[GRASS5] Re: An internal db for GRASS
David D Gray
ddgray at armadce.demon.co.uk
Thu Feb 8 15:21:25 EST 2001
Markus Neteler wrote:
> Hi Andrea,
> Hi developers,
> On Mon, Feb 05, 2001 at 09:54:21AM +0100, Andrea Aime wrote:
> > Hi Markus,
> > I have surfed for a while yesterday searching for an internal
> > dbms for GRASS... results are not much exciting:
> > * dbf creation and reading is built in shapelib library, which
> > is already used in GRASS... but I don't see any indexing
> > features to speed up queries, it seems there is only sequential
> > access;
> > * gdbm, which can be found at http://www.gnu.org/software/gdbm/gdbm.html
> > seems to be a library to build small databases with indexing, but
> > it has not been developed for a long time (it seems a dead project);
> > * as you already said, Berkley DB is not open source, but I see that
> > it has been used in GNOME and in MYSQL, which are open source
> > projects.
> > Their license allows to use Berkley DB in an open source project
> > without fees, and it's fast and full featured. But I was wondering if
> > it can be redistriuited with grassio library, which will be LGPL to
> > allow
> > commercial products to access GRASS data (I mean, you can look at it
> > as an attempt to use Berkley db from a commercial product without
> > having to pay for a license...)
> > I've taken a look at grass51 proposal... sounds good, and I'm waiting
> > to see more.
> > Bye
> > Andrea
> Thanks for searching the web! I put this onto grass5 list for the
> Concerning Berkley DB: I just have seen that it is used in "openoffice"
> as well now (led by SUN:
> Although the license of Berkley DB is non-GPL, it seems to be usable in
> several GPL'ed projects. Perhaps our license experts here can give a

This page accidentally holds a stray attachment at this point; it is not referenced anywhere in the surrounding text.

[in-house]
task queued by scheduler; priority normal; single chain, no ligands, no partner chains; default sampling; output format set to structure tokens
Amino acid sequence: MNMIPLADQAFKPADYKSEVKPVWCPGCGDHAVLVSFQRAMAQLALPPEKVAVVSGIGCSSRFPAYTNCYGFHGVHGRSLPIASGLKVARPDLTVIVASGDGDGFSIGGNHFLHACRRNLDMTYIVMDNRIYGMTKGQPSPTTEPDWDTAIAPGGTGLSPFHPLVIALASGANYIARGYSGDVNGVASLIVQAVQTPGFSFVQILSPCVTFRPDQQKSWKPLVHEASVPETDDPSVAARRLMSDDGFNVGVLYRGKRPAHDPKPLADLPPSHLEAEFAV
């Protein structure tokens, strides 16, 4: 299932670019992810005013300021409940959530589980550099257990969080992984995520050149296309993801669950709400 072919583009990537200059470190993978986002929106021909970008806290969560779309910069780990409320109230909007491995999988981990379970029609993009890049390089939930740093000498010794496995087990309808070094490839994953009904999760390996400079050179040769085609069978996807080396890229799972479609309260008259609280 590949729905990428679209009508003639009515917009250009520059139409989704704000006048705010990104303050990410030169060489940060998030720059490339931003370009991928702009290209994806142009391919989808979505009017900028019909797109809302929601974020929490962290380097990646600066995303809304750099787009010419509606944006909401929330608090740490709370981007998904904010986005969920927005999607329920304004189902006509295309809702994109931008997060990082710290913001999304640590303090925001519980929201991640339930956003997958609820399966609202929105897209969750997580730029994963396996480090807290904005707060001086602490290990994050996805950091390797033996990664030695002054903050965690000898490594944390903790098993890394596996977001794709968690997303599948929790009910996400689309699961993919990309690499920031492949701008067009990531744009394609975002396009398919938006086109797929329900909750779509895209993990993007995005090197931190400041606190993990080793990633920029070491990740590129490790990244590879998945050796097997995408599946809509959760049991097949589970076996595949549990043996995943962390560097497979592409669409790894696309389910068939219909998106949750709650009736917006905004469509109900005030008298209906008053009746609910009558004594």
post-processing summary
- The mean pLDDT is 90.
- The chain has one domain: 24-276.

> recommendation on this? We definitly need something "handy" for 5.1.
I would just like to add my voice to support inclusion of Berkeley DB in
GRASS. If you start thinking about bringing in an external database
system for GRASS, you just keep going round in circles because nothing
is quite perfect. But DB is the best. The problems are:
1. DB has considerable version incompatibility (even with minor
versions) - but with most recent versions, this has quietened down a
bit. Most UNIX installations at least have a version (or more than one)
installed, and also there is a version v1.86 built in to glibc.
Incompatible versions 2.x, 3.0 and 3.1+ are also scattered around. If we
use it, I think it will have to be bundled, so that we can standardise
on a (recent) version. It is quite large, but perhaps parts of the
distribution could be left out - I don't know if the licensing terms
would allow this. Otherwise maybe it could be distributed in a separate
GRASS_support package, much as the KDE folk do with kdesupport, and then
allow an autoconf option to use a system installation if it is present,
otherwise require the bundled version.
2. It does not have spatial data structures. Just now there are flat
record/hash table/BTree options. It would be nice to have a system with
largely consistent features but give a wide variety of choices for the
type of key to use, including spatial types.
The GIST library does have a larger variety of data structure types to
choose from, and is aimed more at traditional uses of digital mapping,
like GIS, but is not primarily for information handling like a
traditional RDBMS. Maybe that could be used also. I think this has been
discussed before, but I don't know if anyone is using it - are there
plans for inclusion?
Traditional data handling and spatial location purposes have never
really converged, so perhaps we really need an example of each for all
the developers' needs. So, DB might do for the former and GIST for the
latter. Both could be included as support extensions.
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